Wednesday, March 10, 2010

City tries to crack down on pot shops

SANTA ANA â€" Bob Guedea sells his marijuana from a sparse room in
an otherwise unremarkable office building, breaking the law every day.

He has an orange permit on the lobby wall that says he's licensed by the
state of California to sell medical marijuana. What he doesn't have
â€" what he can't get â€" is a permit from the city.

Santa Ana banned marijuana dispensaries more than two years ago. But
city officials now believe that at least 29 have opened illegally,
including Guedea's BNT Medical Collective Inc.

"How is it you can be legal from California, but you can't get a damn
city license?" said Guedea, who opened his collective with a partner in
mid-December. "On the one hand, it's legal, and on the other hand, it's
not, and you're still in the same state."

The issue is by no means unique to Santa Ana. Cities from Yorba Linda to
San Clemente and beyond have attempted in recent years to restrict
marijuana dispensaries without running afoul of state law, which allows
the use of medical marijuana.

Both sides are closely watching a legal challenge to Anaheim's law,
which â€" like the law in Santa Ana â€" outlaws marijuana
outlets. An Orange County judge dismissed that challenge in 2008, but
marijuana advocates have appealed.

Santa Ana's law allows the marijuana itself â€" in the hands of a
qualified patient, for example, or given out by a hospice or hospital.
But it flatly prohibits any dispensary that provides marijuana to more
than a single patient.

That law has been on the books since late 2007, but it hasn't stopped
dispensaries from opening. Some apparently lied about what they were
doing so they could get a business license, City Attorney Joseph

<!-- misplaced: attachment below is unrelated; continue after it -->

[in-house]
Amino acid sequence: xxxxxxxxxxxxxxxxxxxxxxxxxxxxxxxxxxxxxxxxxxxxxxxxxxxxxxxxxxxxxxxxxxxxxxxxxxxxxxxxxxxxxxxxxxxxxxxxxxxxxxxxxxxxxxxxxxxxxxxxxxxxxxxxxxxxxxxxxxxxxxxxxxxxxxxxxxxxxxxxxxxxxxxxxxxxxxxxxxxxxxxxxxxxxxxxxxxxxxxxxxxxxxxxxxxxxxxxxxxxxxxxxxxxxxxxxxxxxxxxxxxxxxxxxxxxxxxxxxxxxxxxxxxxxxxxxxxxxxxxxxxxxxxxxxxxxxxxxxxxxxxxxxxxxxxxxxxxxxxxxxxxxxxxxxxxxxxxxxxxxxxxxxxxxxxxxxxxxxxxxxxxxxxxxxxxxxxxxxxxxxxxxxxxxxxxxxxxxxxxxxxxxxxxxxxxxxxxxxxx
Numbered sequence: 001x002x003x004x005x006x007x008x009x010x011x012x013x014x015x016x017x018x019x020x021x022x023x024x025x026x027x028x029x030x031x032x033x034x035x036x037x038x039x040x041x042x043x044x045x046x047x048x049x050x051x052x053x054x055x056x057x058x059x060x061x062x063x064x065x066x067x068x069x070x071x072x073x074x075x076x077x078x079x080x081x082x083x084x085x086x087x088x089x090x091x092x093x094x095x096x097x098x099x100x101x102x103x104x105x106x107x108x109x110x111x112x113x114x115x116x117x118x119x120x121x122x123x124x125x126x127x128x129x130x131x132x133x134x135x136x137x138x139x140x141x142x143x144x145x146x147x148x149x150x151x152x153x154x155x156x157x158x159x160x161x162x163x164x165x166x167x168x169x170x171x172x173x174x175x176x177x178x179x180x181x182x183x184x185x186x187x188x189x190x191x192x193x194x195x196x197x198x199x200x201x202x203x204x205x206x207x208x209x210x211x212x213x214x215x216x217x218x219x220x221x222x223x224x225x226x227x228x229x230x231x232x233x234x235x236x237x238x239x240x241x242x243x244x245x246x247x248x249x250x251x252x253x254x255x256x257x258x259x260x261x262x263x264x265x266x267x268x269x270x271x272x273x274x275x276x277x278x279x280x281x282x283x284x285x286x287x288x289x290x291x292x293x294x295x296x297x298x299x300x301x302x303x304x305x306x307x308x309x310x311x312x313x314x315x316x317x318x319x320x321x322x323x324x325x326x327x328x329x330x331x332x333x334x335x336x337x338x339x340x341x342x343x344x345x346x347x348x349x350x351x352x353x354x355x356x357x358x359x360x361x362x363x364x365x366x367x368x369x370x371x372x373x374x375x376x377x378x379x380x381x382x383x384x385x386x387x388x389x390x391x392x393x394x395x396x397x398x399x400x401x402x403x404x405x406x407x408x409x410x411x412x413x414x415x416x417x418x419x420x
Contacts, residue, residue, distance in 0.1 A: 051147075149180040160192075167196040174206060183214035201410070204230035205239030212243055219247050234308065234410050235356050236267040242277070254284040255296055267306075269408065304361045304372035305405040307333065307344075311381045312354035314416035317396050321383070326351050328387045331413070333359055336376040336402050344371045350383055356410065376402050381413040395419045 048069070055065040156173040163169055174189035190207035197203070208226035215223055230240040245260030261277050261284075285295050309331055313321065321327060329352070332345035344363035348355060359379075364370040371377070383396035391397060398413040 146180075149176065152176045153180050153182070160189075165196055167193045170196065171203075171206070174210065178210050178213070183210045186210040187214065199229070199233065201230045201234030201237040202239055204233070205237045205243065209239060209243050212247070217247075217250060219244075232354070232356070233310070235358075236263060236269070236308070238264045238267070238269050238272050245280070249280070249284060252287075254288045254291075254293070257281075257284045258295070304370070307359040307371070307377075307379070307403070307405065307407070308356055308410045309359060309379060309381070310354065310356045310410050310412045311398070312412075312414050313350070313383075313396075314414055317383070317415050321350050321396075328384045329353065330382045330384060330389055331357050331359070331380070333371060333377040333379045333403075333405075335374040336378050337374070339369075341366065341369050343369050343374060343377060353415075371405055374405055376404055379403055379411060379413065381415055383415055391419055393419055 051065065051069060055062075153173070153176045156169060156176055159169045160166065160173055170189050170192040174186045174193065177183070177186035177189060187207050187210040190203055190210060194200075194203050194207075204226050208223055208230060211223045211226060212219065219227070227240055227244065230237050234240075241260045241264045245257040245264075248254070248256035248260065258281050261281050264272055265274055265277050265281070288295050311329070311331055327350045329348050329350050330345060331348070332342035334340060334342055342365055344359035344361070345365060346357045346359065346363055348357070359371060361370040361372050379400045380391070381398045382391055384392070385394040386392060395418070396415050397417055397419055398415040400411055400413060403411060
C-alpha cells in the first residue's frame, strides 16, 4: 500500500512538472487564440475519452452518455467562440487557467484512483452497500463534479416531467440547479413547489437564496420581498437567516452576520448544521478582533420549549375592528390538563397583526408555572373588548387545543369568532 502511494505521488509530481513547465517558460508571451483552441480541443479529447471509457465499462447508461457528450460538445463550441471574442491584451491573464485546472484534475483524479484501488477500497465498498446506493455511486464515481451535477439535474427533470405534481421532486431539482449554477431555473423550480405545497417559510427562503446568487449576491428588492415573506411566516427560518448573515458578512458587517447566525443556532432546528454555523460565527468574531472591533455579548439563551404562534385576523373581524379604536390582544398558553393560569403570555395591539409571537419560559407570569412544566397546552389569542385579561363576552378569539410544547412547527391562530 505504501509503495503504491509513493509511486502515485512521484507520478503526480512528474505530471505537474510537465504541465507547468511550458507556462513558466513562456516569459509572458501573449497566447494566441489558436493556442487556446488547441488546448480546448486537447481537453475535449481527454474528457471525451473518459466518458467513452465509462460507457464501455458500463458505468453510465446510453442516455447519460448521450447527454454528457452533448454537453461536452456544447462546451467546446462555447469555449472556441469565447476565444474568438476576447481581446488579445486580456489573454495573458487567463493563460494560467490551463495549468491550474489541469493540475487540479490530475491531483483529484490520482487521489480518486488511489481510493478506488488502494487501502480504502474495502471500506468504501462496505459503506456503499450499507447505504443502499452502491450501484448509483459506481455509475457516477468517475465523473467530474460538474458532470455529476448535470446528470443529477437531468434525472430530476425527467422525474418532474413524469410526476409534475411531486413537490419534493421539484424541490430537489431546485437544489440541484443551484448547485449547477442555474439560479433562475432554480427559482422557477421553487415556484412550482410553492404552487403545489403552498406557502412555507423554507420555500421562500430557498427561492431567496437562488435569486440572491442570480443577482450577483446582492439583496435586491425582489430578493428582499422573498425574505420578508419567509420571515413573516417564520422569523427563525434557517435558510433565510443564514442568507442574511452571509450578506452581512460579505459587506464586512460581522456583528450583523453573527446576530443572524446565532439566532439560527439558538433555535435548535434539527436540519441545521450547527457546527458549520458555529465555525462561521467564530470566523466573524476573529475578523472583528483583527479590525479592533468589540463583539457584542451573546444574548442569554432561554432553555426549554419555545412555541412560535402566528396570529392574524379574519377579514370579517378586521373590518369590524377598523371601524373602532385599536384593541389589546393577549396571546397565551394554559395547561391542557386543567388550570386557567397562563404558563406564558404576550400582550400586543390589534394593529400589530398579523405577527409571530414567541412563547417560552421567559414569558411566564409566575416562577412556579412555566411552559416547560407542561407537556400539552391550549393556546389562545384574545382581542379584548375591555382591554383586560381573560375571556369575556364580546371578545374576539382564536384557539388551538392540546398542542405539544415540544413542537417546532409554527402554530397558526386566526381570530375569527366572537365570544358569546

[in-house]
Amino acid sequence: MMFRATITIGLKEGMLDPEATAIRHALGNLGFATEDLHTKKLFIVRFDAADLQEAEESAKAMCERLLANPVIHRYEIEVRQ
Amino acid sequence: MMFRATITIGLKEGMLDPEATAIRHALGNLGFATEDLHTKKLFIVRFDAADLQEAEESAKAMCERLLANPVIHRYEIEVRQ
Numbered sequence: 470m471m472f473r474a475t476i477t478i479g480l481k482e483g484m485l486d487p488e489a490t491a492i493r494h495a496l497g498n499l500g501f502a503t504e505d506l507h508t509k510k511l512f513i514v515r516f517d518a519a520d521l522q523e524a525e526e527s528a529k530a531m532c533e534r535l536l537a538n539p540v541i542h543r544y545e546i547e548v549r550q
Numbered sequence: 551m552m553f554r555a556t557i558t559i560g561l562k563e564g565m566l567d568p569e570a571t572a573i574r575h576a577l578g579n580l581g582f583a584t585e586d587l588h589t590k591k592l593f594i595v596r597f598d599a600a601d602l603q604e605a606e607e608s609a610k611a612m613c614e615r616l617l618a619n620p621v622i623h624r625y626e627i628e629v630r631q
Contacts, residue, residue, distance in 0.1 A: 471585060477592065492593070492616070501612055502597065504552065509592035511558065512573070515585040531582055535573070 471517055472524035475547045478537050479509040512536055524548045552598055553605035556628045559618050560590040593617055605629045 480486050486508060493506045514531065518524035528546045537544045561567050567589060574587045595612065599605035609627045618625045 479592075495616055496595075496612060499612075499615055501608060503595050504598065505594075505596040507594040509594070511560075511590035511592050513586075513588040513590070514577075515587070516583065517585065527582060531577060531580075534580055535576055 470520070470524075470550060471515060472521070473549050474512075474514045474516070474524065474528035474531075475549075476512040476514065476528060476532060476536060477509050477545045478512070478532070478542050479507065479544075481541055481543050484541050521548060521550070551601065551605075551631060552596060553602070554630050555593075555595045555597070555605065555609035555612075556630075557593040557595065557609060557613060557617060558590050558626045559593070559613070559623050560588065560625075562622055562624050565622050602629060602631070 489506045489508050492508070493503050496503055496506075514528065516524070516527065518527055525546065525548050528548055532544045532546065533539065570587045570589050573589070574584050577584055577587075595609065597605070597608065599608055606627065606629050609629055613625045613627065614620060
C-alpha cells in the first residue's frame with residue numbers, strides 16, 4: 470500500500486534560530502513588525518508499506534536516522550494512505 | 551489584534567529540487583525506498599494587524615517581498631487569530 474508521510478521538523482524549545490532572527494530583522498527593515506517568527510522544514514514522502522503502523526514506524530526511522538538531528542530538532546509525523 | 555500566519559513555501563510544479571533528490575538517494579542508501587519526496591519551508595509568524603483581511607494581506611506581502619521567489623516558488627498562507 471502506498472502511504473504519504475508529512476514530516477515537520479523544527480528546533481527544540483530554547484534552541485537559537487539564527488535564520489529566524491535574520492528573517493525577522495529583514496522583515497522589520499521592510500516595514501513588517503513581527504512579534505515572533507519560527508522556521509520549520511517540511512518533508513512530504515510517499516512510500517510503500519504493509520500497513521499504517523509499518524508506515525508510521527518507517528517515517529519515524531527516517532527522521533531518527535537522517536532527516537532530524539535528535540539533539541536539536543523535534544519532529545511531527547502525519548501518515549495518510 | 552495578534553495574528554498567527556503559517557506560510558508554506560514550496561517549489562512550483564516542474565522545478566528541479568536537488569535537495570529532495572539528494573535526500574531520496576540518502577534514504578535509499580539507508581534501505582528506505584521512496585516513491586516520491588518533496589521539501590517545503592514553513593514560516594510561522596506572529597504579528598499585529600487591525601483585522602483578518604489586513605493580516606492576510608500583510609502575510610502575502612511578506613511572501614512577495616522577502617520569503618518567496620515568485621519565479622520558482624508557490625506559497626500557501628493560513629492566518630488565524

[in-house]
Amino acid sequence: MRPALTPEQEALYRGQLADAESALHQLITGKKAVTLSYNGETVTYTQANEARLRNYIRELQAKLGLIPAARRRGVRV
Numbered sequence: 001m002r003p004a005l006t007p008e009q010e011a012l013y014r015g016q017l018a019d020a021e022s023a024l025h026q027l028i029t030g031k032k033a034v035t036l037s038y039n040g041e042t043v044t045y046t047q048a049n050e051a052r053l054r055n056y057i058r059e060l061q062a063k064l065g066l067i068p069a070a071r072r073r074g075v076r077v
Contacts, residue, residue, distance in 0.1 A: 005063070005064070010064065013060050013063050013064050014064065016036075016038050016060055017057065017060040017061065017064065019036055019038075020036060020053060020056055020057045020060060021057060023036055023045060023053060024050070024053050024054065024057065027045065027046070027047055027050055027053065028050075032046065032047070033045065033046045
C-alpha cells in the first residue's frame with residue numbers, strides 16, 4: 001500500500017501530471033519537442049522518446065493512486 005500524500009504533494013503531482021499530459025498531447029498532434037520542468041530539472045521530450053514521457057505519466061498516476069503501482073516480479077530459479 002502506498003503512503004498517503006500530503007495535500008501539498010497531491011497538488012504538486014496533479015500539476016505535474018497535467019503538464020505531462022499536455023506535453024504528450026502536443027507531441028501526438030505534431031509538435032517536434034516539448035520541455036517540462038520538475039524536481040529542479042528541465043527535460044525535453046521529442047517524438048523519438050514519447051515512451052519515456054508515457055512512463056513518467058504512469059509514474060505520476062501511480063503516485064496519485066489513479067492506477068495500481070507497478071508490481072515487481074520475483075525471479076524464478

Fletcher said; others opened without one.

The city has sent formal notices in recent months to 29 businesses
suspected of being dispensaries and their landlords, warning that they
appear to be in violation of the city's ban. Jay Trevino, the city's
director of Planning and Building, called it an ongoing investigation
and said a "small handful" of the dispensaries have shut down.

A shop called SoCal Compassion was one of them. Its owner, Jason Scoby,
decided to move to unincorporated Sunset Beach rather than fight Santa
Ana. He's now planning to open a school for medical-marijuana vendors
that he calls Cannabis State.

"Shops are going to be in every city in California," he said. "We just
wanted to see if we could work with them, get some regulations. They're
not going to budge."

He and other dispensary owners say such outright bans of their business
overlook an economic reality. The demand for medical marijuana is high,
they say â€" and that means someone is always going to be looking
for a way to supply it.

A small group of dispensary owners have lobbied Santa Ana in recent
weeks, urging city leaders to rethink their ban and to consider
regulating dispensaries instead. But, Trevino said, "There is no current
effort to change that."

At BNT Medical Collective Inc., Guedea compared medical-marijuana
dispensaries to gophers: try to remove them from one part of town, and
they'll re-appear in another.

He and his business partner, Tommy Montejano, said they have every
license and permit they need to sell marijuana legally, except for the
city business license. They sell their marijuana â€" with names
like Grand Daddy Purple and Master Kush â€" to around 120 regular
clients from a quiet office building on Fourth Street.

They say they're not looking for a fight with the city. But they do
intend to stay open.

"There's a lot of people here that need their medication," Montejano
said. "That's what we're here for. I just think we should be given a

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